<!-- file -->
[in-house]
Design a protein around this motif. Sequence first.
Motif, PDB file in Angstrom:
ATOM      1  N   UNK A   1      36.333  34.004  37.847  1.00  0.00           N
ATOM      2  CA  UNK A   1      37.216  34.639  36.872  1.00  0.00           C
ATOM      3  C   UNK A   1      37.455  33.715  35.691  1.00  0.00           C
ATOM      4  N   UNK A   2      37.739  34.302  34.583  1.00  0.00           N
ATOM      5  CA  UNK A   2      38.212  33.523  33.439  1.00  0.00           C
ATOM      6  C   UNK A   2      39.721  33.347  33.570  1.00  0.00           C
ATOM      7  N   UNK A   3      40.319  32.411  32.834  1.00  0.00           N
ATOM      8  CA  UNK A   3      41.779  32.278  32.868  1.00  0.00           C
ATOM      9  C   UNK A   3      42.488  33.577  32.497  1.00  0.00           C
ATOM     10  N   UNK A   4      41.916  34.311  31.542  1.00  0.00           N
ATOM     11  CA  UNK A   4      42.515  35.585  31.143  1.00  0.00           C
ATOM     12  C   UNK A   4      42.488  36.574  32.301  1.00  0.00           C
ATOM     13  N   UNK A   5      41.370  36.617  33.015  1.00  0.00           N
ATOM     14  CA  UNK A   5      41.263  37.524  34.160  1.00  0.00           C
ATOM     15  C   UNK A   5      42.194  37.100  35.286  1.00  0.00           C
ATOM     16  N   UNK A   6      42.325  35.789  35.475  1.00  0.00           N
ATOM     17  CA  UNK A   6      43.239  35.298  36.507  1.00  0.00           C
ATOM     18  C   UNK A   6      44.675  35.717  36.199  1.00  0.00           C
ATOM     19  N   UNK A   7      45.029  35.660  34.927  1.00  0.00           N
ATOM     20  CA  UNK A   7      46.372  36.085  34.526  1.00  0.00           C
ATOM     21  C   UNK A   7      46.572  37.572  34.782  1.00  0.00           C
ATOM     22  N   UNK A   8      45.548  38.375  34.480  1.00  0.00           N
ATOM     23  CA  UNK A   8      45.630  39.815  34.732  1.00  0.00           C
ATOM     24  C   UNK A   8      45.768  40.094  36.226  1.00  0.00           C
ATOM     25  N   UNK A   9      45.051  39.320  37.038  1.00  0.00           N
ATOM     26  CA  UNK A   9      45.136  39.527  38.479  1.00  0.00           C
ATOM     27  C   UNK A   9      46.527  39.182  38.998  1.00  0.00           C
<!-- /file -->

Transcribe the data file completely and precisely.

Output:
[in-house]
Design a protein around this motif. Sequence first.
Motif, PDB file in Angstrom:
ATOM      1  N   UNK A   1      36.333  34.004  37.847  1.00  0.00           N
ATOM      2  CA  UNK A   1      37.216  34.639  36.872  1.00  0.00           C
ATOM      3  C   UNK A   1      37.455  33.715  35.691  1.00  0.00           C
ATOM      4  N   UNK A   2      37.739  34.302  34.583  1.00  0.00           N
ATOM      5  CA  UNK A   2      38.212  33.523  33.439  1.00  0.00           C
ATOM      6  C   UNK A   2      39.721  33.347  33.570  1.00  0.00           C
ATOM      7  N   UNK A   3      40.319  32.411  32.834  1.00  0.00           N
ATOM      8  CA  UNK A   3      41.779  32.278  32.868  1.00  0.00           C
ATOM      9  C   UNK A   3      42.488  33.577  32.497  1.00  0.00           C
ATOM     10  N   UNK A   4      41.916  34.311  31.542  1.00  0.00           N
ATOM     11  CA  UNK A   4      42.515  35.585  31.143  1.00  0.00           C
ATOM     12  C   UNK A   4      42.488  36.574  32.301  1.00  0.00           C
ATOM     13  N   UNK A   5      41.370  36.617  33.015  1.00  0.00           N
ATOM     14  CA  UNK A   5      41.263  37.524  34.160  1.00  0.00           C
ATOM     15  C   UNK A   5      42.194  37.100  35.286  1.00  0.00           C
ATOM     16  N   UNK A   6      42.325  35.789  35.475  1.00  0.00           N
ATOM     17  CA  UNK A   6      43.239  35.298  36.507  1.00  0.00           C
ATOM     18  C   UNK A   6      44.675  35.717  36.199  1.00  0.00           C
ATOM     19  N   UNK A   7      45.029  35.660  34.927  1.00  0.00           N
ATOM     20  CA  UNK A   7      46.372  36.085  34.526  1.00  0.00           C
ATOM     21  C   UNK A   7      46.572  37.572  34.782  1.00  0.00           C
ATOM     22  N   UNK A   8      45.548  38.375  34.480  1.00  0.00           N
ATOM     23  CA  UNK A   8      45.630  39.815  34.732  1.00  0.00           C
ATOM     24  C   UNK A   8      45.768  40.094  36.226  1.00  0.00           C
ATOM     25  N   UNK A   9      45.051  39.320  37.038  1.00  0.00           N
ATOM     26  CA  UNK A   9      45.136  39.527  38.479  1.00  0.00           C
ATOM     27  C   UNK A   9      46.527  39.182  38.998  1.00  0.00           C